A great number of scholars gave up the idea of entering public life and opted instead for an existence devoted to the exclusive cultivation of art and letters in the privacy of their homes... Zhang Dai... designed exquisite pavilions and gardens; he gathered a huge library, collected antiques, and was a connoisseur of calligraphy and painting...Here you have two men, separated by 450 years, who respond to the bankruptcy of public and political life in the same way -- by retreating to the domain of the home and forming a world built around friends, art and talk. I'm not saying it's the best solution, but an understandable one in the face of a morally and politically bankrupt society, one becoming increasingly fascist -- which is to compare Ming Dynasty China and modern Russia.
technorati: writers, novelists, Russian, advertising, marketing
Labels: advertising, marketing, novelists, writers
Saturday, December 08, 2007
The Ghost Writers
Think Tom Brokaw and other celebrities actually write those books that appear with their names on the cover? As Forbes says: "Surely you jest."
Why this is described as "ghost writing" and not as a hoax is beyond me. (Courtesy MediaBistro.)
technorati: writers, hoaxes
Labels: publishing, writers
Sunday, November 25, 2007
Humorous coda to 'Alice's Restaurant'
Last evening I was doing errands in the car when I happened to hear the 1995 live version of Arlo Guthrie performing "Alice's Restaurant."
As a coda on the 30th anniversary of the original events that inspired the song, he adds an anecdote in which Jimmy Carter's son Chip tells him of discovering, when the Carter family moved into the White House, the "Alice's Restaurant" album. The text of the anecdote is at the link above. Funny.
Arlo Guthrie, born in 1947, would have been only 18 in 1965 when the "massacree" transpired, 20 in 1967 when the original recording was made, and 22 when he appeared as himself in the Arthur Penn movie.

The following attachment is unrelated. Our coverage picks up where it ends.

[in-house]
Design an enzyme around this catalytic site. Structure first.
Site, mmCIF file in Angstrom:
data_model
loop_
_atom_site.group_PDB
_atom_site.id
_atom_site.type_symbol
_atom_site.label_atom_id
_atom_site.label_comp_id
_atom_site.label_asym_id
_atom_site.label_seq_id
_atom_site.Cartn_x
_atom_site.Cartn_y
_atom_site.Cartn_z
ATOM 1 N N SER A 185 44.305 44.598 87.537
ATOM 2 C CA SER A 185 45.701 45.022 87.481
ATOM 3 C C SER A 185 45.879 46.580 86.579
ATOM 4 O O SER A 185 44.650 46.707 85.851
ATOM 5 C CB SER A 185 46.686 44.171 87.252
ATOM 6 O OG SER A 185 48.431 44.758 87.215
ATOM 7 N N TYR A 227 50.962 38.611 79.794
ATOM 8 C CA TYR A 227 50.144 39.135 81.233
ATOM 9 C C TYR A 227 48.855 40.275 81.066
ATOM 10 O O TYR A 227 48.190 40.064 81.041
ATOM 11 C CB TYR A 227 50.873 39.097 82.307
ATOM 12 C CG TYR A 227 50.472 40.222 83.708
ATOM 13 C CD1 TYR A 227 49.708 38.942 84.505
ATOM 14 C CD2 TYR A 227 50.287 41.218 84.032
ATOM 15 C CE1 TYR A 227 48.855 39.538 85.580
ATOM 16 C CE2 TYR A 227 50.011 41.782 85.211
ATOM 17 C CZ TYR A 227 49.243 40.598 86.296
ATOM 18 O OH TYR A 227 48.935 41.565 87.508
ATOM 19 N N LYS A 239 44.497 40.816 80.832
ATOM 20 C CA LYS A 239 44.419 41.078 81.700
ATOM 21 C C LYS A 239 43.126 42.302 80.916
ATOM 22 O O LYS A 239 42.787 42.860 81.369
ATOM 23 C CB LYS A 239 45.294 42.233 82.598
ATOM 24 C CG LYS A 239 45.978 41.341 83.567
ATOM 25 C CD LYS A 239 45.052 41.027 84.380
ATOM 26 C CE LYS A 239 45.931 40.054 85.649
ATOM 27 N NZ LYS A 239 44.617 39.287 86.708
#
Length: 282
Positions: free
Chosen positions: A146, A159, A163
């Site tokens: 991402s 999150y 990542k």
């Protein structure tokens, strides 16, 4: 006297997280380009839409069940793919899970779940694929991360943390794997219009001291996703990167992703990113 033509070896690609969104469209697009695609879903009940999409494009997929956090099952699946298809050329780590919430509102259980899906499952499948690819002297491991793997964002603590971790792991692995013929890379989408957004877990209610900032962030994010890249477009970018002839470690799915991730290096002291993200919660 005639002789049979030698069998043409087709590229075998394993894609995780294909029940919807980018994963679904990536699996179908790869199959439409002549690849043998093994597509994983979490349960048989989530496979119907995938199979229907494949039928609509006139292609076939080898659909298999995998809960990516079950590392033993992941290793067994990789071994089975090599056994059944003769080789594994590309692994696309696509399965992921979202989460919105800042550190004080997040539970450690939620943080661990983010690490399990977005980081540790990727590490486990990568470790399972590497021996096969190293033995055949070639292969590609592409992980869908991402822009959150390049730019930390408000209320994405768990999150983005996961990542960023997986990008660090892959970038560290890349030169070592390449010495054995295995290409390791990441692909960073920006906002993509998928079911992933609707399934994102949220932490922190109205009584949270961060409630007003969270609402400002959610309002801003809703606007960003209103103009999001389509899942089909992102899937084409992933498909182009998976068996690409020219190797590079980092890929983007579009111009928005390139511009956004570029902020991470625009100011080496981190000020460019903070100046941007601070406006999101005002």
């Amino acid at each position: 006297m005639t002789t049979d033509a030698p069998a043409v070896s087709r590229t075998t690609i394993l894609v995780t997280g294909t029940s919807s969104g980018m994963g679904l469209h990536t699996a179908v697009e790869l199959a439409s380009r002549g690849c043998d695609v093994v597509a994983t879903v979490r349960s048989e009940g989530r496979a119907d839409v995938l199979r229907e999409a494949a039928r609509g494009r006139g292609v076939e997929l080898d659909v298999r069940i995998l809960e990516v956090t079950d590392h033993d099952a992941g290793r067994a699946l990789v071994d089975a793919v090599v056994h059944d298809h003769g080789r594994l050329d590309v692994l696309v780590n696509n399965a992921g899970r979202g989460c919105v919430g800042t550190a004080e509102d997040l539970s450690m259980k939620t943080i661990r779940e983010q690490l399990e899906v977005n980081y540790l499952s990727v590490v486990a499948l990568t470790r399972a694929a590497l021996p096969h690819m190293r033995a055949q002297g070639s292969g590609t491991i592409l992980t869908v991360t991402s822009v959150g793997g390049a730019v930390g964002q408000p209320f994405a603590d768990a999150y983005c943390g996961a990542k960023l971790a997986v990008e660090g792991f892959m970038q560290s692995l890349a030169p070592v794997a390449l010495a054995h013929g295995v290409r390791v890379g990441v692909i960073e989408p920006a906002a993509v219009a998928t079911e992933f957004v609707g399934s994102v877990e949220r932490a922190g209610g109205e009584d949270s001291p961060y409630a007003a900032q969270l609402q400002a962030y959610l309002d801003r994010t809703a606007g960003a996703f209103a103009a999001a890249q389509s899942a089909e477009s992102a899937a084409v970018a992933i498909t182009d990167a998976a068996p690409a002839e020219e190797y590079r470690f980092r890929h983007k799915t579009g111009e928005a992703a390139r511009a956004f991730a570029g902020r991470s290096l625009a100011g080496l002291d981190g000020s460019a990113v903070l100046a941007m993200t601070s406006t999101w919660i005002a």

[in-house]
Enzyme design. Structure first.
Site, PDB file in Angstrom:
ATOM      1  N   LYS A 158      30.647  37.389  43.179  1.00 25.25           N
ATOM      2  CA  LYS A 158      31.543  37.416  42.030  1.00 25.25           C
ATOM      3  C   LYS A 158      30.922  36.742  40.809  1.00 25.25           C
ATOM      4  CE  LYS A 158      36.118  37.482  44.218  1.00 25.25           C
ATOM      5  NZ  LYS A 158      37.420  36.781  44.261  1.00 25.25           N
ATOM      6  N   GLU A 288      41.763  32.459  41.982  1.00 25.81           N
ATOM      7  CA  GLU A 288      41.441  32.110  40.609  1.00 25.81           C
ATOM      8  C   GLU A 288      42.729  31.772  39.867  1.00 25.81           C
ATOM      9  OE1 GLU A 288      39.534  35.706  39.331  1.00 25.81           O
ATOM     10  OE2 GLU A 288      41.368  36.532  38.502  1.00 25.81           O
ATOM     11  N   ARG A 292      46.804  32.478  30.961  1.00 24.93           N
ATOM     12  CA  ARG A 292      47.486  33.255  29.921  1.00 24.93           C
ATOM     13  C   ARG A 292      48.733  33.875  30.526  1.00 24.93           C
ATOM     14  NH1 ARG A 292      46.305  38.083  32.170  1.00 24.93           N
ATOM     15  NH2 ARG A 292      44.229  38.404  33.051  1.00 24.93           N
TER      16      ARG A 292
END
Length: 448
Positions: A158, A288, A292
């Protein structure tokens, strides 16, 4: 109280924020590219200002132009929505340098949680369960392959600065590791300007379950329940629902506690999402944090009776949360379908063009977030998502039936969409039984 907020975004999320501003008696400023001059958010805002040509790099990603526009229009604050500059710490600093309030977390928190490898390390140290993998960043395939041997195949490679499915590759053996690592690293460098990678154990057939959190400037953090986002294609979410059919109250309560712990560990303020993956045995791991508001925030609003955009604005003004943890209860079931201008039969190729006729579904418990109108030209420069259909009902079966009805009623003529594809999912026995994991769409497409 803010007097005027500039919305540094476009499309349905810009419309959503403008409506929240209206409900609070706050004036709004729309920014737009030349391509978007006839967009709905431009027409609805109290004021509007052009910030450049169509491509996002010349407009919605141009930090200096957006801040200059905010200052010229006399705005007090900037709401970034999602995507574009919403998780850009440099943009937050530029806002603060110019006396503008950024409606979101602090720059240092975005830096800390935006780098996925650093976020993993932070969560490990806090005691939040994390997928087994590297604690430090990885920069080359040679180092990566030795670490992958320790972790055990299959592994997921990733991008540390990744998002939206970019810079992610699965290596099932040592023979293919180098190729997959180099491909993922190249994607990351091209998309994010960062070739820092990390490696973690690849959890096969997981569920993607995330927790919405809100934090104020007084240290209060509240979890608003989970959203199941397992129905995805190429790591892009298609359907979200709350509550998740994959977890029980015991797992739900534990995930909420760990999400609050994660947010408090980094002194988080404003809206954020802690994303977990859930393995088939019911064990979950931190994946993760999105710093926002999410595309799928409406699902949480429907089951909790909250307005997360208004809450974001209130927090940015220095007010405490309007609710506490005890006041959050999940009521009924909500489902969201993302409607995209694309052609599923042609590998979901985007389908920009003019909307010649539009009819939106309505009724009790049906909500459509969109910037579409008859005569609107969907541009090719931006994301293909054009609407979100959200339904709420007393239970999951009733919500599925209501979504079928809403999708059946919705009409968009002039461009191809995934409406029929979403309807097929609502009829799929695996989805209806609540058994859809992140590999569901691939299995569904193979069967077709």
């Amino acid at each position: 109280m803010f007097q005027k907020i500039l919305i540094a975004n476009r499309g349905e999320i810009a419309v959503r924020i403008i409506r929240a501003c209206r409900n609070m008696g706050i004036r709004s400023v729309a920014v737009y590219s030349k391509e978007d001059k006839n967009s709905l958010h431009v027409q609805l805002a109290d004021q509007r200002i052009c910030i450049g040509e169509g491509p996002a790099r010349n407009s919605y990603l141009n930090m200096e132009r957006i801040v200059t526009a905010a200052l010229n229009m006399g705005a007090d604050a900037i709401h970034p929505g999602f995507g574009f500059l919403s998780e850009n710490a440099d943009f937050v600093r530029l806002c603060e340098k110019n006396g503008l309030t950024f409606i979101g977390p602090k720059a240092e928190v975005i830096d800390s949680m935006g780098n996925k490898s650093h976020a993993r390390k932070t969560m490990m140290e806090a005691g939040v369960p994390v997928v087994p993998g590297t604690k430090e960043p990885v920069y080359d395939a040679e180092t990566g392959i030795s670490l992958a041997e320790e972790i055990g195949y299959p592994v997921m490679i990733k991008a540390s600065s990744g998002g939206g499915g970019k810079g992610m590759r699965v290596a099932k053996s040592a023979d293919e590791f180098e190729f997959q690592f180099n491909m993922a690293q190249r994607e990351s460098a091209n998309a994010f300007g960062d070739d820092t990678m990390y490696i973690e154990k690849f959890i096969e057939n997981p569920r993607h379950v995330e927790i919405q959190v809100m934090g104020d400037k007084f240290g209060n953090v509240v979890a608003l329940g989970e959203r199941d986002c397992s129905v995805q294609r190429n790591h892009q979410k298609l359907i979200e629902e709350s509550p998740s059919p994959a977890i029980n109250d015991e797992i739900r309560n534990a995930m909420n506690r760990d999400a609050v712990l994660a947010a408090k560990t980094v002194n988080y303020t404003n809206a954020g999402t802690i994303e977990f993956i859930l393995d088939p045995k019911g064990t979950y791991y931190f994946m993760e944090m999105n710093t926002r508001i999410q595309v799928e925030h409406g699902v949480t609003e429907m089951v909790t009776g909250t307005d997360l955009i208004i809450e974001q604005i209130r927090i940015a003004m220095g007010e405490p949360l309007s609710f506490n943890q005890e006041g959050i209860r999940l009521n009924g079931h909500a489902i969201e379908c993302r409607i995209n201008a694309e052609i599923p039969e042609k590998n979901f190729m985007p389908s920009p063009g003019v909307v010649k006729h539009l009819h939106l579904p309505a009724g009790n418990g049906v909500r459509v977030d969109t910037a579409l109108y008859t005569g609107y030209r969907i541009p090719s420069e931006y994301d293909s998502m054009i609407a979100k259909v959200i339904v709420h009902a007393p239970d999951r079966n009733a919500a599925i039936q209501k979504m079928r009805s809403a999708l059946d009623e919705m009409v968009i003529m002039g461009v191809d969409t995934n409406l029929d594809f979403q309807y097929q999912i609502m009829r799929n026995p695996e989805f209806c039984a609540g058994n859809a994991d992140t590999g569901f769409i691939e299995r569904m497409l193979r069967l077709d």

Yet he is now an old man. How do these things happen? Arlo Guthrie grown up, I can handle; middle-aged, okay. But not like this.
technorati: Arlo Guthrie, Alice's Restaurant, 1995
Labels: 1969, radio, writers
Sunday, November 18, 2007
Who Twinka was
In my looking around the internet for references to Henry Miller, I ran across an interview with the painter Wayne Thiebaud, whose candy-colored paintings of California I have always liked. In the interview, Thiebaud mentions a daughter Twinka (b. 1945). The name rang a bell, and I thought of this famous photograph: I knew the title of the photo was "Imogen and Twinka," and I thought, hell, there must be only one Twinka. Wow, I never knew the gorgeous woman in that famous photo was the daughter of a famous painter.
The photographer is Judy Dater, and another of her pictures of the famous painter's daughter can be seen here.
Anyway, according to the interview, Twinka Thiebaud "helped take care of Henry Miller in the end of his life. She was friends with his daughter" and also edited a book of Miller's miscellanea titled "Reflections." She is seen with Miller in the small image at the top of this blog post, which has links to this amusing anecdote by a newly minted mail carrier who met Miller and Twinka. And here is the uncropped image of the two of them.